Downward communication is managers communicating to their subordinates.
Justify the process and benefits of effectively communicating to employees in the workplace
- Downward communication is the flow of information and messages from a higher level inside an organization to a lower one.
- Effective downward communication is crucial to an organization’s success.
- Creating concise communications and maintaining a respectful tone help ensure effective downward communication; making sure that employees clearly understand the information is also crucial.
- Differences in experience, knowledge, levels of authority, and status can lead to misunderstandings and misinterpretations.
- internal: Concerned with the non-public affairs of a company or other organization.
When leaders and managers share information with lower-level employees, it is called downward, or top-down, communication. While downward communication may sometimes invite a response, it is usually one-directional rather than reciprocal–the higher-level communicator does not invite or expect a response from the lower-level recipient.
Examples of downward communication include explaining an organization’s mission and strategy or explaining the organizational vision. Effective downward communication gives employees a clear understanding of the message they have received. Whether informative or persuasive, effective downward communication results in the recipients taking action or otherwise behaving in accord with the communicators’ expectation.
In the workplace, directives from managers to employees are the most basic form of downward communication. These can be written manuals, handbooks, memos, and policies, or oral presentations. Another example of downward communication is a board of directors instructing management to take a specific action.
Business communication experts John Anderson and Dale Level identified five benefits of effective downward communication:
- Better coordination
- Improved individual performance through the development of intelligent participation
- Improved morale
- Improved consumer relations
- Improved industrial relations
Ensuring effective downward communication is not necessarily an easy task. Differences in experience, knowledge, levels of authority, and status can make it more likely that sender and recipient do not share the same assumptions or understanding of context, which can result in messages being misunderstood or misinterpreted. Creating clearly worded and non-ambiguous communications and maintaining a respectful tone can overcome these issues and increase effectiveness.
Upward communication moves from lower to higher levels within an organization.
Evaluate the value created through ensuring upwards communication is accessible and encouraged by upper management
- Upward communication is the transmission of information from lower levels of an organization to higher ones.
- Upward communication often comes in response to downwardly communicated requests for information, opinions, or actions.
- The channel used to share upward communication (e.g., face-to-face, over the telephone, writing) can influence its effectiveness.
- Upward communication can be an important source of information that informs management ‘s decision -making.
- subordinate: Someone or something placed in a lower class, rank, or position.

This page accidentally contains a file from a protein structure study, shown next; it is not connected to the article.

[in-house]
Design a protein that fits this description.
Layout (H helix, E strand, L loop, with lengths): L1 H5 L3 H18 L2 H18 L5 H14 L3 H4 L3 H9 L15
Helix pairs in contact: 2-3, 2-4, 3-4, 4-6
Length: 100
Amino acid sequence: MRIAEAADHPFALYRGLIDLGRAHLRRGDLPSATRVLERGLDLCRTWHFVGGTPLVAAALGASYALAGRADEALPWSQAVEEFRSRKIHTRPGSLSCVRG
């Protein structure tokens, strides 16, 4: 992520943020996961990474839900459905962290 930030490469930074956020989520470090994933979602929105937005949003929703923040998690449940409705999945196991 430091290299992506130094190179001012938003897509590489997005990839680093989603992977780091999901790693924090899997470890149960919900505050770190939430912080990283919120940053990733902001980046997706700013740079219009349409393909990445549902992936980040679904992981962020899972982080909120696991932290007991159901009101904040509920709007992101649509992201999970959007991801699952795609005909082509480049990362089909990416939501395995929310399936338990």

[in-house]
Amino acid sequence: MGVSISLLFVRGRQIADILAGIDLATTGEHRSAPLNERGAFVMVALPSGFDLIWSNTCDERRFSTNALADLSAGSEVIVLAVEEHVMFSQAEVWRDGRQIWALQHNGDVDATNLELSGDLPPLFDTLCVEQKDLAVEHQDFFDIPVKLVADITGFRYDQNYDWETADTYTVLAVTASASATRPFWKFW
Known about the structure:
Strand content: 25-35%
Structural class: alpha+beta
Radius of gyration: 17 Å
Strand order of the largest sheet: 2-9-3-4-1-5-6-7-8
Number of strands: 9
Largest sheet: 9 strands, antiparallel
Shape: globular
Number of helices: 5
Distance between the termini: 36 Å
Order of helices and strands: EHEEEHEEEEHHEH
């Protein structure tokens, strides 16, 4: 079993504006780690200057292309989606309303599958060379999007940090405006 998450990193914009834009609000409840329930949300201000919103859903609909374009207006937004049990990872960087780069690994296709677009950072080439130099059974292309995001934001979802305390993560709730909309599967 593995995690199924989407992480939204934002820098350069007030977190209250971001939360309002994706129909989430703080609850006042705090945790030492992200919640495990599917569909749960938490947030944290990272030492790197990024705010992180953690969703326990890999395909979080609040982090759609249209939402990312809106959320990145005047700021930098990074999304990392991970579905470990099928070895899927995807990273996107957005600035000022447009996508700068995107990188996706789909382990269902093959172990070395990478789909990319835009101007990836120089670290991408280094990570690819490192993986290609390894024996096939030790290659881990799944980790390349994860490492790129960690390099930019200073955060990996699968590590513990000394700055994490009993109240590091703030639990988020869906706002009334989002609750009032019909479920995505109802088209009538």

- upward communication: The flow of information from lower levels of a hierarchy to higher levels.
- vigilance: Close and continuous attention to someone or something.
Upward communication is the transmission of information from lower levels of an organization to higher ones; the most common form is employees communicating with managers. Managers who are open to and encourage upward communication foster cooperation, gains support, and reduces frustration among their employees. The content of such communication can include judgments, estimations, propositions, complaints, grievances, appeals, reports, and any other information directed from subordinates to superiors. Upward communication is often made in response to downward communication; for instance, employees answering a question from their manager. In this way, upward communication indicates the effectiveness of a company’s downward communication.
The communication channel, or mode of sharing information, strongly influences the upward communication process. Information sharing can be face-to-face, over the phone, or in writing. Subordinates should make an effort to identify the preferred means of receiving communication from their manager or other higher-ups. For instance, sending a written report to someone who prefers to receive information in the form of a concise email is less likely to bring about the desired effect.
The availability of communication channels affects employees’ overall satisfaction with upward communication. For example, an open-door policy sends the signal to employees that the manager welcomes impromptu conversations and other communication. This is likely to make employees feel satisfied with their level of access to channels of upward communication and less apprehensive about communicating upward.
For management, upward communication is an important source of information that can inform business decisions. It helps to alert management of new developments, levels of performance, and other issues that may require their attention. Whistle-blowing involves upward communication when employees communicate directly with top management about matters requiring attention or discipline (e.g., harassment from another employee), including perceived ethical or legal breaches.
Horizontal communication is the flow of messages across individuals and groups on the same level of an organization.
Justify the value of promoting internal communication between employees occupying the same functional areas and levels